Changes mainly of interest to MusicBrainz Users
Album “Meta” Counts
The count of tracks, disc ids and TRMs held for each album (the “albummeta”
data) was often inaccurate. Additionally, some albums didn’t have an
“albummeta” row, which actually caused them to disappear entirely from their
respective artists’ pages! These bugs have now been fixed.
The “compact” display mode of the “show artist” page displays these counts; if
one of the counts is zero it now just leaves a blank space, instead of showing
a zero and the relevant icon. This makes it easier to spot which albums
have no disc ids or no TRMs.
Like the “compact” display mode, these meta counts are now also shown when you
perform an album search.
The album name “Non-album tracks” is now changed to “[non-album tracks]“, in
keeping with the style of using “[...]” to signify special meaning within
MusicBrainz (e.g. [silence], [data track] etc).
As new N.A.T. albums are created, they (i.e. the album name itself) won’t be
added to the search indices (although the tracks within them will be). The
existing N.A.T. album names are staying in the indices, for now, but may be
If two artists, both with N.A.T. albums, are merged, then the two N.A.T.
albums are merged together, keeping all the tracks.
Previously if the track numbers of non-album tracks for an artist were not
continuous (if there were “gaps”, e.g. 1, 2, 4, 5) then adding a N.A.T. would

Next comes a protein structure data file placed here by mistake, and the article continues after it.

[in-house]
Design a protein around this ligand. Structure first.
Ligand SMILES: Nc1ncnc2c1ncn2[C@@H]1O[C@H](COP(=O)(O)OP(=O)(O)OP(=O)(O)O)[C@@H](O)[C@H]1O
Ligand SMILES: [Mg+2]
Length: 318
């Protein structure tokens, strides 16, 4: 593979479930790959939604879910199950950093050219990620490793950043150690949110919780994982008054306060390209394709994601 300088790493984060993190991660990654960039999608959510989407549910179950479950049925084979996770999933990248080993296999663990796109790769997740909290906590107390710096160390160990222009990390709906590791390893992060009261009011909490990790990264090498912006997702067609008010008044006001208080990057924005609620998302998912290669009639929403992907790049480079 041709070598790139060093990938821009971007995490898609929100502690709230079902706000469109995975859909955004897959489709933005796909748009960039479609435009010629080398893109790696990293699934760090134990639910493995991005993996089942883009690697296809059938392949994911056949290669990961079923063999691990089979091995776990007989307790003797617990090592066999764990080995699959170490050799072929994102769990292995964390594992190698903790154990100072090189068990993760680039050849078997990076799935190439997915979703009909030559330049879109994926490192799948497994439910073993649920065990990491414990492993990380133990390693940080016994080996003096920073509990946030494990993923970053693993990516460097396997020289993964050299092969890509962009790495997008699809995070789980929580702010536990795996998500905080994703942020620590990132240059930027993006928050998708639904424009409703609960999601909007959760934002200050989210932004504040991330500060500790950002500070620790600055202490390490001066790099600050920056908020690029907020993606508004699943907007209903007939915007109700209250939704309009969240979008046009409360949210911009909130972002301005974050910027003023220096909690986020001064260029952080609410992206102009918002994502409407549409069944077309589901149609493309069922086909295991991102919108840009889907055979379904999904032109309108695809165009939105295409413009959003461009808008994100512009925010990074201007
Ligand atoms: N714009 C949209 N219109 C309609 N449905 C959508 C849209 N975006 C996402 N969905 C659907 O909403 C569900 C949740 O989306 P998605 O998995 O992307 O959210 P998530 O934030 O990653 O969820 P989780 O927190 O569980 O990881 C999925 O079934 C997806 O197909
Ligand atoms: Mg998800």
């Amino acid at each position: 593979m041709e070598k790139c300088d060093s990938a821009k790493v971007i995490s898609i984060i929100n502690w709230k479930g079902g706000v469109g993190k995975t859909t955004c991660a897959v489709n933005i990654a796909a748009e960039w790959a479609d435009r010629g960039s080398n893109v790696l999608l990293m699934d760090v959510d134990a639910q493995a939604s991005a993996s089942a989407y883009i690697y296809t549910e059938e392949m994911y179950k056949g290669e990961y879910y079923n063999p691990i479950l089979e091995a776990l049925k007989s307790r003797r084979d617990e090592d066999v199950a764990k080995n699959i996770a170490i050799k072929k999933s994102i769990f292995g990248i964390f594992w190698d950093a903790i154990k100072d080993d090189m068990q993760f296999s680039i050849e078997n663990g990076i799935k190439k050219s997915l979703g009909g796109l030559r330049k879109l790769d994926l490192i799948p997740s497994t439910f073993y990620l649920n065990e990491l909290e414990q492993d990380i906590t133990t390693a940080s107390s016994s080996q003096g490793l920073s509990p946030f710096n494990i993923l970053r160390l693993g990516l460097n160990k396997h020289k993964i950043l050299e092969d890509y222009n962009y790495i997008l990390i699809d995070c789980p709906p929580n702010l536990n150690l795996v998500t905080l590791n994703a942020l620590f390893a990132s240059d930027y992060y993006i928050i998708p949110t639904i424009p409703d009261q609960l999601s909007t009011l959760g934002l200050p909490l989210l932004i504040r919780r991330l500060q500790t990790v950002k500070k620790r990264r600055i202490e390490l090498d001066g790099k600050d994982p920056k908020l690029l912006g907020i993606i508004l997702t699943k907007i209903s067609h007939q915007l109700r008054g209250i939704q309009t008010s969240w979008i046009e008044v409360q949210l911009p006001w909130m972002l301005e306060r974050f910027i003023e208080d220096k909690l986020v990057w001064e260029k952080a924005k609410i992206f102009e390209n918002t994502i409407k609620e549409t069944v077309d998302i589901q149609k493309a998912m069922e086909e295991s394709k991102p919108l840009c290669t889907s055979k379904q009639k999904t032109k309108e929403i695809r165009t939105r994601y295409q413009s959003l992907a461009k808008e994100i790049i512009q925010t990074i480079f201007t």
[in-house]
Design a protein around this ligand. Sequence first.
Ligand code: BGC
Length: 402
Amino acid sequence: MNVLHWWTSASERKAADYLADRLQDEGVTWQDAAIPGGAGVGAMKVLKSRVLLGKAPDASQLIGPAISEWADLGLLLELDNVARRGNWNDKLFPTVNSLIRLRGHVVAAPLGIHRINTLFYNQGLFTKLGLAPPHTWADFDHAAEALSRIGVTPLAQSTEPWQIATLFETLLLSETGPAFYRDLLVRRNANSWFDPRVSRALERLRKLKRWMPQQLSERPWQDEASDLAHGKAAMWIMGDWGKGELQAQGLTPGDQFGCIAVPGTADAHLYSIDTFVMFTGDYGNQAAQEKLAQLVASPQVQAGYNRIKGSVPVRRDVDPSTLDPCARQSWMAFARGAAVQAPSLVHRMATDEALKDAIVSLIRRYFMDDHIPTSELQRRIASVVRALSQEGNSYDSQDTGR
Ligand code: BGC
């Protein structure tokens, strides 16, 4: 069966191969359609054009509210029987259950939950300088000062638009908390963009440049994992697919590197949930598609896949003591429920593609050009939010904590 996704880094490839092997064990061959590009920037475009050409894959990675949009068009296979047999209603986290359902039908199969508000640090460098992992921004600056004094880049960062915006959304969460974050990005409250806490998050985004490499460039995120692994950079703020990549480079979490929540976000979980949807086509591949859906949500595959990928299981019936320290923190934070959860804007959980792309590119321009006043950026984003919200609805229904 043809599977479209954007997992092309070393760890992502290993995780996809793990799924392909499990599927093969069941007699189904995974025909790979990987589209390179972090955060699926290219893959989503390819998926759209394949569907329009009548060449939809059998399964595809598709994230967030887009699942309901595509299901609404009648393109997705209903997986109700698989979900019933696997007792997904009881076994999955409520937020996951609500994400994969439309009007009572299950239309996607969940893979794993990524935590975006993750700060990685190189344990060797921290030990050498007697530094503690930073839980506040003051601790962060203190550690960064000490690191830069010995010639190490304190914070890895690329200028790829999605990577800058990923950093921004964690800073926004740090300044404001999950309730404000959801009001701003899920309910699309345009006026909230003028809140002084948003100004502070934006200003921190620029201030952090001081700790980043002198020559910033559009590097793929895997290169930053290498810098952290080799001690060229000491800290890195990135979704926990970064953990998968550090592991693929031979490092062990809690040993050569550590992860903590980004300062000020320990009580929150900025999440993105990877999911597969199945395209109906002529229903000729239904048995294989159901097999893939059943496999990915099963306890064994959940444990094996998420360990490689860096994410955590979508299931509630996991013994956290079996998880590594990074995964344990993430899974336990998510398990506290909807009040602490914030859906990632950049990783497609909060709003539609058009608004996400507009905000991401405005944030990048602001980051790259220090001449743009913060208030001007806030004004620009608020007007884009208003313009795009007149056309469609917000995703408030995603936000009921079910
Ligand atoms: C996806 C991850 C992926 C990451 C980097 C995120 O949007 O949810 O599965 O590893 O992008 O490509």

fail. This is now fixed.
N.A.T. albums are automatically deleted when their last track is removed.
The “show track” page no longer shows the (meaningless) track sequence number
for non-album tracks.
The %-relevance values shown in the lookup page now use the same more detailed
algorithm (weighted similarity calculation) that the Tagger itself
uses. This should make the overall matching process more accurate.
When showing a list of matching tracks, the track length is highlighted
according to how well it matches the length of the track you’re trying to
tag. Green indicates a good match, red represents a very bad match, and
blue is somewhere in the middle. If insufficient information is
available, it’s black.
Also when showing match tracks, a “tag” link is included on that page, so you
don’t need to click through to the next page in order to tag.
The main lookup page (/taglookup.html) now moves the input focus into the form
when the page loads.
The sidebar search panel now works when used within the Tagger.
You can now vote more than once on each moderation. Only your most recent
vote counts. In other words, you can change your mind. Because of this, you
must now wait until the moderation closes before you can see a list of all
votes for a moderation (on /showmod.html). If it’s your moderation you can
always see the votes, of course.
Also on the “show moderation” page (/showmod.html) you can now see the date
and time at which each vote was cast. If someone votes more than once (and
changes their mind), then the old, ignored votes are shown in grey.
It’s now also possible to have a “No Vote” button” – go to your preferences
page to enable it. This makes it much easier to vote on a whole page of
moderations, but not vote on some of them (in which case, those moderations
will keep on showing up in your list of things to vote on). This is